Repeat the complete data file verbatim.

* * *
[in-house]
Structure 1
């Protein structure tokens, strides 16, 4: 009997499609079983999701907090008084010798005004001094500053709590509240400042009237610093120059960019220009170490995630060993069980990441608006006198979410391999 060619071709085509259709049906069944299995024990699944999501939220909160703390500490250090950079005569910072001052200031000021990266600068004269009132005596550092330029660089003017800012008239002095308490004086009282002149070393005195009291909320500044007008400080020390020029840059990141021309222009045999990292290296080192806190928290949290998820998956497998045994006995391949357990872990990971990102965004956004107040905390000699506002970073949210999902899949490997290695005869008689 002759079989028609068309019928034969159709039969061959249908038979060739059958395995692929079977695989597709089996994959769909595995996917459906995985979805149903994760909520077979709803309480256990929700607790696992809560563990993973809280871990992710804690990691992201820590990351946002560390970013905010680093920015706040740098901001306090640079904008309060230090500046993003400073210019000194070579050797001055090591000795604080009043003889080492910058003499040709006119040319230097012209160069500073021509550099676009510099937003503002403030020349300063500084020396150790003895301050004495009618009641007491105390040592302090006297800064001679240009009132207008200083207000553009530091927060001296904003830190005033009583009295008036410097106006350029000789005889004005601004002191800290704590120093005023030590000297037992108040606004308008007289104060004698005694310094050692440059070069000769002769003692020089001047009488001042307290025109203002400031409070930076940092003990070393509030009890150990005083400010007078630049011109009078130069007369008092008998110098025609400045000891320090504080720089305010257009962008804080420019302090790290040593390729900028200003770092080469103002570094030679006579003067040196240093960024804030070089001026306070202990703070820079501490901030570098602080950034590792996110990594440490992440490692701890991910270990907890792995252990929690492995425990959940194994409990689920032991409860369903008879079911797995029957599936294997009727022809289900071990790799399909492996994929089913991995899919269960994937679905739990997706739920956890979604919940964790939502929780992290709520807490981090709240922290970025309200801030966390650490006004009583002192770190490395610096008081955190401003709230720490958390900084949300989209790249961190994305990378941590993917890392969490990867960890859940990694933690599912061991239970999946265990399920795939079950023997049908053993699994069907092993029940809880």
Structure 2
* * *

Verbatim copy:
[in-house]
Structure 1
């Protein structure tokens, strides 16, 4: 009997499609079983999701907090008084010798005004001094500053709590509240400042009237610093120059960019220009170490995630060993069980990441608006006198979410391999 060619071709085509259709049906069944299995024990699944999501939220909160703390500490250090950079005569910072001052200031000021990266600068004269009132005596550092330029660089003017800012008239002095308490004086009282002149070393005195009291909320500044007008400080020390020029840059990141021309222009045999990292290296080192806190928290949290998820998956497998045994006995391949357990872990990971990102965004956004107040905390000699506002970073949210999902899949490997290695005869008689 002759079989028609068309019928034969159709039969061959249908038979060739059958395995692929079977695989597709089996994959769909595995996917459906995985979805149903994760909520077979709803309480256990929700607790696992809560563990993973809280871990992710804690990691992201820590990351946002560390970013905010680093920015706040740098901001306090640079904008309060230090500046993003400073210019000194070579050797001055090591000795604080009043003889080492910058003499040709006119040319230097012209160069500073021509550099676009510099937003503002403030020349300063500084020396150790003895301050004495009618009641007491105390040592302090006297800064001679240009009132207008200083207000553009530091927060001296904003830190005033009583009295008036410097106006350029000789005889004005601004002191800290704590120093005023030590000297037992108040606004308008007289104060004698005694310094050692440059070069000769002769003692020089001047009488001042307290025109203002400031409070930076940092003990070393509030009890150990005083400010007078630049011109009078130069007369008092008998110098025609400045000891320090504080720089305010257009962008804080420019302090790290040593390729900028200003770092080469103002570094030679006579003067040196240093960024804030070089001026306070202990703070820079501490901030570098602080950034590792996110990594440490992440490692701890991910270990907890792995252990929690492995425990959940194994409990689920032991409860369903008879079911797995029957599936294997009727022809289900071990790799399909492996994929089913991995899919269960994937679905739990997706739920956890979604919940964790939502929780992290709520807490981090709240922290970025309200801030966390650490006004009583002192770190490395610096008081955190401003709230720490958390900084949300989209790249961190994305990378941590993917890392969490990867960890859940990694933690599912061991239970999946265990399920795939079950023997049908053993699994069907092993029940809880």
Structure 2